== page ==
Orange County might be able to resume indoor operations at gyms, churches, museums and restaurants next week if the virus trends continue to hold. 


Editor’s Note: As Orange County’s only nonprofit & nonpartisan newsroom, Voice of OC brings you the best, most comprehensive local Coronavirus news absolutely free. No ads, no paywalls. We need your help. Please, make a tax-deductible donation today to support your local news.


Secretary of the California Health and Human Services Agency, Dr. Mark Ghaly said OC could move into Tier Two as early as next Tuesday, when state public health officials reassess Orange County’s virus situation.

“So yes there is opportunity as soon as next week to move from purple (Tier One) to red (Tier Two). Any in the county in the red … will stay for at least three weeks,” Ghaly said, responding to Voice of OC’s questions. 

Indoor malls, barbers and hair salons were allowed to reopen Monday under Tier One. 

Most retailers can continue operating, as long as they limit how many people are inside at one time, depending on the business specified in the guidelines.

OC currently sits on Tier One — essentially the old coronavirus statewide watchlist — because of virus trends from mid-August, despite state data currently showing OC ready to move to the next tier. 

“In the case of Orange and some other counties, they met purple (Tier One) in the first week and [Tier Two] in the second, so they were ultimately assigned purple,” Ghaly said.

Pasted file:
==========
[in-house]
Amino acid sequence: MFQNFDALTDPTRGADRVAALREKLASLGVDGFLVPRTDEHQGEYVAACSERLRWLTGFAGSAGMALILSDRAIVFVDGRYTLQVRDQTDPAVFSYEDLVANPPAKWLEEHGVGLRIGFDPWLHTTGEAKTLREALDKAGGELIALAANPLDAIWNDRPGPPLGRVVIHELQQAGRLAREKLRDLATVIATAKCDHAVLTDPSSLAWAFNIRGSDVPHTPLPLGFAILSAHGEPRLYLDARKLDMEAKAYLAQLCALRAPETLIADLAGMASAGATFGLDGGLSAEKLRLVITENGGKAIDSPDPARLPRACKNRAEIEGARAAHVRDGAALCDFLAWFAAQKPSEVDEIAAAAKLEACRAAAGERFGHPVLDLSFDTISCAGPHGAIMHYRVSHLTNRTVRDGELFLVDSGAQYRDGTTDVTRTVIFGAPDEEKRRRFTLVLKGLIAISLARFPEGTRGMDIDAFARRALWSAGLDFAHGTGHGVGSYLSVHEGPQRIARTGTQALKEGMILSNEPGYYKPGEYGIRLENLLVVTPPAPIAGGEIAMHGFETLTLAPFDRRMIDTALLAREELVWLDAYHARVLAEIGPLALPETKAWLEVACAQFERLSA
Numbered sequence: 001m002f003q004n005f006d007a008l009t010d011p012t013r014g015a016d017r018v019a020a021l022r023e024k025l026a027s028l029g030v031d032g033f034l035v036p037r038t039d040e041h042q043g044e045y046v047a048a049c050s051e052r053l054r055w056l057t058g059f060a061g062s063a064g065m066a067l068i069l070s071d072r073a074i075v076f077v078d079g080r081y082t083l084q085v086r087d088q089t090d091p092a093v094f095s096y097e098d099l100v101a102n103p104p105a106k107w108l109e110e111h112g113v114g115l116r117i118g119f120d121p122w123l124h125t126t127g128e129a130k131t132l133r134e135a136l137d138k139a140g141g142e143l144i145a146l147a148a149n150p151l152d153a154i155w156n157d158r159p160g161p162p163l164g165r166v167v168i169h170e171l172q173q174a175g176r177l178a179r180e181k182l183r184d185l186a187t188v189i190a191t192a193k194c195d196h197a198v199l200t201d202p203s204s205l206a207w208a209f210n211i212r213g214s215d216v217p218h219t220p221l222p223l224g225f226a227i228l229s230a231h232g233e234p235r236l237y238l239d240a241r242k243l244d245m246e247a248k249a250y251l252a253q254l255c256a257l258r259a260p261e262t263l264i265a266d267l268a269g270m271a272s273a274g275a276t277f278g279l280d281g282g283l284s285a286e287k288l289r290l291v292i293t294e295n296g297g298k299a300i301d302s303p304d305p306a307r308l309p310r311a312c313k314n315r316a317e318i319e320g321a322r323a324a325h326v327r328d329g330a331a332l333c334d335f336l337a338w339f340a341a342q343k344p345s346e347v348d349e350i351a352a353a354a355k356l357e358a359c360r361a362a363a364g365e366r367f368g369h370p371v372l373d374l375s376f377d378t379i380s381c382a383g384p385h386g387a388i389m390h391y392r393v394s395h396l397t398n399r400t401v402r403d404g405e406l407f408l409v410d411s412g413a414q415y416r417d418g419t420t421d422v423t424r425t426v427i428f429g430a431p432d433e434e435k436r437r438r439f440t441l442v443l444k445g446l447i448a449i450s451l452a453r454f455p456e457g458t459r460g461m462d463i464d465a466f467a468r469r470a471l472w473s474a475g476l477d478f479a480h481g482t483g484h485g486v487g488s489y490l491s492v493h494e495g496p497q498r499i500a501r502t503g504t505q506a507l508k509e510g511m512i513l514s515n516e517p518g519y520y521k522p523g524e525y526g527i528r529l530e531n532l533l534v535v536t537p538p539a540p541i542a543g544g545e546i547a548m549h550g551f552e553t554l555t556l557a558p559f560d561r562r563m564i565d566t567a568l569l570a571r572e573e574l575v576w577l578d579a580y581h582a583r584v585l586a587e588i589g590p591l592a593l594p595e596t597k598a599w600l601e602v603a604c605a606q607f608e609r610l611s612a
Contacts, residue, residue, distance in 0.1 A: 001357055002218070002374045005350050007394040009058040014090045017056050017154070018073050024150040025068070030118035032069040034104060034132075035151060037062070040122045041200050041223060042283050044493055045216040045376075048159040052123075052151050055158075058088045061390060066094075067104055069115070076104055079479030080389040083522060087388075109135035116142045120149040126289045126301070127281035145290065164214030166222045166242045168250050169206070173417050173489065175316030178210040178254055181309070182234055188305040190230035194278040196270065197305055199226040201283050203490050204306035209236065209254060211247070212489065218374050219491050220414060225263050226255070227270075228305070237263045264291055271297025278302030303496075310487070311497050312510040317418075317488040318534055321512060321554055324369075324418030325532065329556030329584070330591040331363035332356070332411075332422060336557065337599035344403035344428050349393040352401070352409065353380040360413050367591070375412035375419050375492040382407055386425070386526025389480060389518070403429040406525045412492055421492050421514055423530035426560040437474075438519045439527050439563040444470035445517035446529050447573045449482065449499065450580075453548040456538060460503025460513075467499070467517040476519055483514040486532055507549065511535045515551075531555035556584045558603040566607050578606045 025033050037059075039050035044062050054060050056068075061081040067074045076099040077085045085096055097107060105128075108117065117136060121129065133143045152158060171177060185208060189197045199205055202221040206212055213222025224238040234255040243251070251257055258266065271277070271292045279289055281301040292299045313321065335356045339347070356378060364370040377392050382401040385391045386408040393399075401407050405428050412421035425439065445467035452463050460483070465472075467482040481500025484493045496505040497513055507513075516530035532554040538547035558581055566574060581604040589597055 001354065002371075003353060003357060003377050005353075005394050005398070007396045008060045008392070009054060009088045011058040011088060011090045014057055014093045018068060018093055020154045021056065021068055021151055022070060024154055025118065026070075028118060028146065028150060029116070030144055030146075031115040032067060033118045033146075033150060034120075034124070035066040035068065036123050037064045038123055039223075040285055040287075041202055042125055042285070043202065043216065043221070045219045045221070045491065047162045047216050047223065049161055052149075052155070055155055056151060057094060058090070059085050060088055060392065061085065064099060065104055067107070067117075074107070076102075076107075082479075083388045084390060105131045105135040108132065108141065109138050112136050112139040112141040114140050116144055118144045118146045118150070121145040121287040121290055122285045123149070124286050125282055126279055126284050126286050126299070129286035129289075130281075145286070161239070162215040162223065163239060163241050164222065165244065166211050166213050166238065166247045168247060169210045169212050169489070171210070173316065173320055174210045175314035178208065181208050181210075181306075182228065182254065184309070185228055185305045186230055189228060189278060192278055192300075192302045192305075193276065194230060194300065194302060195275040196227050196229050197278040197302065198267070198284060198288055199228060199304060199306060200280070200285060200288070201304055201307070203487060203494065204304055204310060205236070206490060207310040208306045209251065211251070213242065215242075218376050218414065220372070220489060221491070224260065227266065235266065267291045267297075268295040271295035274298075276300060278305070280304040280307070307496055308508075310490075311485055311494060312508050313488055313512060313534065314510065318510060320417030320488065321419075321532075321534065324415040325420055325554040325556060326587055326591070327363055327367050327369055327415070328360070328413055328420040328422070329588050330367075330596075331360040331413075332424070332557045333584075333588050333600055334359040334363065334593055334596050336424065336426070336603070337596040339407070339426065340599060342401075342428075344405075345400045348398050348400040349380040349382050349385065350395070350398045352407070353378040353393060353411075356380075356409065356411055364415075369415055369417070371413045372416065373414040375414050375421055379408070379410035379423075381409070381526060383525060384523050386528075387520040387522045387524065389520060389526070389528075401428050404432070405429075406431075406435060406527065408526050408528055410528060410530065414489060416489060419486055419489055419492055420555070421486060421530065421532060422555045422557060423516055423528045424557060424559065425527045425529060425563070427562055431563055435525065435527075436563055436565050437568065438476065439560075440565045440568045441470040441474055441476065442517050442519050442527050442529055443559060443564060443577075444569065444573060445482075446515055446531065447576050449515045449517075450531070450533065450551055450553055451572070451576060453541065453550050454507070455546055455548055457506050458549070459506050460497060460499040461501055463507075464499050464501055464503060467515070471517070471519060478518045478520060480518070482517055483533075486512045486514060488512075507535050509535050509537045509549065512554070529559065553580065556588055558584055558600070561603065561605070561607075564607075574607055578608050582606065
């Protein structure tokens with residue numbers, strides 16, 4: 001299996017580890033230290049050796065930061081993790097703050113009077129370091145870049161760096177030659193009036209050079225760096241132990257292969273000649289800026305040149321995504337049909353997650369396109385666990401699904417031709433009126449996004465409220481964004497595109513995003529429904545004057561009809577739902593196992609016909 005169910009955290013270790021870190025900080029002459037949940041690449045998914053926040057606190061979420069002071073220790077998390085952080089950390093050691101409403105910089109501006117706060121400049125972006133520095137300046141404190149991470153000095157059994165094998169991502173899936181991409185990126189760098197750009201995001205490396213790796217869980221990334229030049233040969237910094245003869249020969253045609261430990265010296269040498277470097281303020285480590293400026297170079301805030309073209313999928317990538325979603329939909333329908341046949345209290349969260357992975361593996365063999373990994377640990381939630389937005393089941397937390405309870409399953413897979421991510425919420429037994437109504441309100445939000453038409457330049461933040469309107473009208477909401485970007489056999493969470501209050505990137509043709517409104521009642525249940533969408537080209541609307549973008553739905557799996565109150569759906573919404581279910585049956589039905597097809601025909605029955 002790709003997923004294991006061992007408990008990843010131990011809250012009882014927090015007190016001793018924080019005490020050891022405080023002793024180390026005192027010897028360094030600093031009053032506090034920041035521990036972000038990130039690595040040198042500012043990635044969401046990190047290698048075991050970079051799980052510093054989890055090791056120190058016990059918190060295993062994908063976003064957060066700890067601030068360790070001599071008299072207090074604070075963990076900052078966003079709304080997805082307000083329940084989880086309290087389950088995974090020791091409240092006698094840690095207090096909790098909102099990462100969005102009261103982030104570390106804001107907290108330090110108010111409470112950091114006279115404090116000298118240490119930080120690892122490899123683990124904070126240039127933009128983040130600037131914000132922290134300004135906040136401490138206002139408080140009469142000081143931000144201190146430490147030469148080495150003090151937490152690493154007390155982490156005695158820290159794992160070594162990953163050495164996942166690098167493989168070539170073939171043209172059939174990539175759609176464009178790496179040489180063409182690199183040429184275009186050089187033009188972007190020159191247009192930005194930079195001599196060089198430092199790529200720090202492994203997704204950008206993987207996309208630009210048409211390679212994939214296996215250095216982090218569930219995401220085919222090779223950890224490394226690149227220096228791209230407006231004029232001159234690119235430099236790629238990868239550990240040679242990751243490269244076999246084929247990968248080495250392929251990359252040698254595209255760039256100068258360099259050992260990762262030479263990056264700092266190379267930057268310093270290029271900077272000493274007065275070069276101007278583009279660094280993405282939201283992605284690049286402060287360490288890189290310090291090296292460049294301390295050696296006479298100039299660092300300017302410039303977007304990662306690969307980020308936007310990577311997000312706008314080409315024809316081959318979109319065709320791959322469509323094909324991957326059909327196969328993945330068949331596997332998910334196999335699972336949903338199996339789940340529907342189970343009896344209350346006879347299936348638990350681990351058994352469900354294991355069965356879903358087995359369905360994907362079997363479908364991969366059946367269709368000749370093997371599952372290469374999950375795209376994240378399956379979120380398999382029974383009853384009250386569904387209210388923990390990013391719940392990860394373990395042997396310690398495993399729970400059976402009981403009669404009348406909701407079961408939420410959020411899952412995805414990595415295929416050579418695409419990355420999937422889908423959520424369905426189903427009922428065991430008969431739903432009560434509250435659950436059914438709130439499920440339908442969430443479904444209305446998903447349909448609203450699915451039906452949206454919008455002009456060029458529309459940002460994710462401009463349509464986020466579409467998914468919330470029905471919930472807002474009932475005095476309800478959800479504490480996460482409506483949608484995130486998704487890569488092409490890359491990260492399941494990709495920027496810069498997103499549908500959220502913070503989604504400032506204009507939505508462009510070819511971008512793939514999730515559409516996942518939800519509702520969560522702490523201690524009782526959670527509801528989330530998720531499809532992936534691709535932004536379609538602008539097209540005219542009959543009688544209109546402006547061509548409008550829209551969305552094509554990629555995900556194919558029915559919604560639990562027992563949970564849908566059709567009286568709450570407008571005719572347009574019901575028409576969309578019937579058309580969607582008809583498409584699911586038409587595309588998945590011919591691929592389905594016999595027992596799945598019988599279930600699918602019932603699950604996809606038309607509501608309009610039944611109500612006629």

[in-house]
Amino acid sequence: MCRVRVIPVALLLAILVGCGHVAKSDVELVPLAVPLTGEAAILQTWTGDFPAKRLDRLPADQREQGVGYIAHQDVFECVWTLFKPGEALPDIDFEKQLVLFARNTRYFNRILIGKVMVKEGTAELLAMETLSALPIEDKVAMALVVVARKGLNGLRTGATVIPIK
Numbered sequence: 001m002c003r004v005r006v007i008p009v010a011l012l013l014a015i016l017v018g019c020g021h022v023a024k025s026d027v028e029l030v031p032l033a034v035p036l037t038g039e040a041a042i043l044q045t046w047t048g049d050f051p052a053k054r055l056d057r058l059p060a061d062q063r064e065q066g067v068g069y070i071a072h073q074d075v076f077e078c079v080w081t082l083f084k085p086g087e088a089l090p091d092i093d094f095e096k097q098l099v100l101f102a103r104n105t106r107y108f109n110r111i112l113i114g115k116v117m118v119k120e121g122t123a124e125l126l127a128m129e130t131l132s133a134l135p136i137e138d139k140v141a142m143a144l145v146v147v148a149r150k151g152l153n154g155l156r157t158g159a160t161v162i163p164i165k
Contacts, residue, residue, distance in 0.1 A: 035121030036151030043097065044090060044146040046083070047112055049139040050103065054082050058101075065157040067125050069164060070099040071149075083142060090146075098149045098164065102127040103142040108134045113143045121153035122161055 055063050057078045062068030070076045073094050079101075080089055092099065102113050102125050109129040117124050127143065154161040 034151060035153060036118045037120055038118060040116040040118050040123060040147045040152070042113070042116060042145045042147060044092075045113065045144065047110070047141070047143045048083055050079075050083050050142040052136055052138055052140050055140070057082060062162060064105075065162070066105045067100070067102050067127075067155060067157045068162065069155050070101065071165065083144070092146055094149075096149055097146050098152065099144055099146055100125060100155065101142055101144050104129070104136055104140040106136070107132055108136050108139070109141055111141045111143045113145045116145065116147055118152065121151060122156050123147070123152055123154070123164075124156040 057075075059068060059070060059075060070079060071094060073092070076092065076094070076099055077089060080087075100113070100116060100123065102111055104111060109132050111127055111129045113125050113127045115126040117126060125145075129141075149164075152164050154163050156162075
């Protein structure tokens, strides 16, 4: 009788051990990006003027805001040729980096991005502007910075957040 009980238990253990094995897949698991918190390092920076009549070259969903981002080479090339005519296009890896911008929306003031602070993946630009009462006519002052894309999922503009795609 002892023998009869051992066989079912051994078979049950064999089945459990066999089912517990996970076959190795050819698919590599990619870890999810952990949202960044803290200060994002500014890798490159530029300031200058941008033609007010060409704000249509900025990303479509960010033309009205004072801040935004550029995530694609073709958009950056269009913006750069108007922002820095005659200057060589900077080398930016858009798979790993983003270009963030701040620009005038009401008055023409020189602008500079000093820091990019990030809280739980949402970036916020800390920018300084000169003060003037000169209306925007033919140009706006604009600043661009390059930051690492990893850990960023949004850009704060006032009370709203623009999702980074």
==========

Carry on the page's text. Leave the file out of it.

According to state data as of Tuesday, OC has an average of 5.6 newly infected people daily out of 100,000 residents. The county also sits at a 5 percent positivity rate. 

Both metrics are lower than the Tier One thresholds of more than seven daily cases per 100,000 residents and an 8 percent positivity rate. 

State public health officials examined data beginning in mid-August to determine that OC doesn’t meet the threshold for Tier Two. 

“The first sort of assignment really looks back about two weeks prior to our announcement. So we look back at the data the week of Aug, 11 to the 17 and the week of the 18th as well. And looking at both of those weeks and determining how each county would be assigned,” Ghaly said.

Over the weekend, there was an apparent miscommunication between state and county public health officials about when schools could reopen.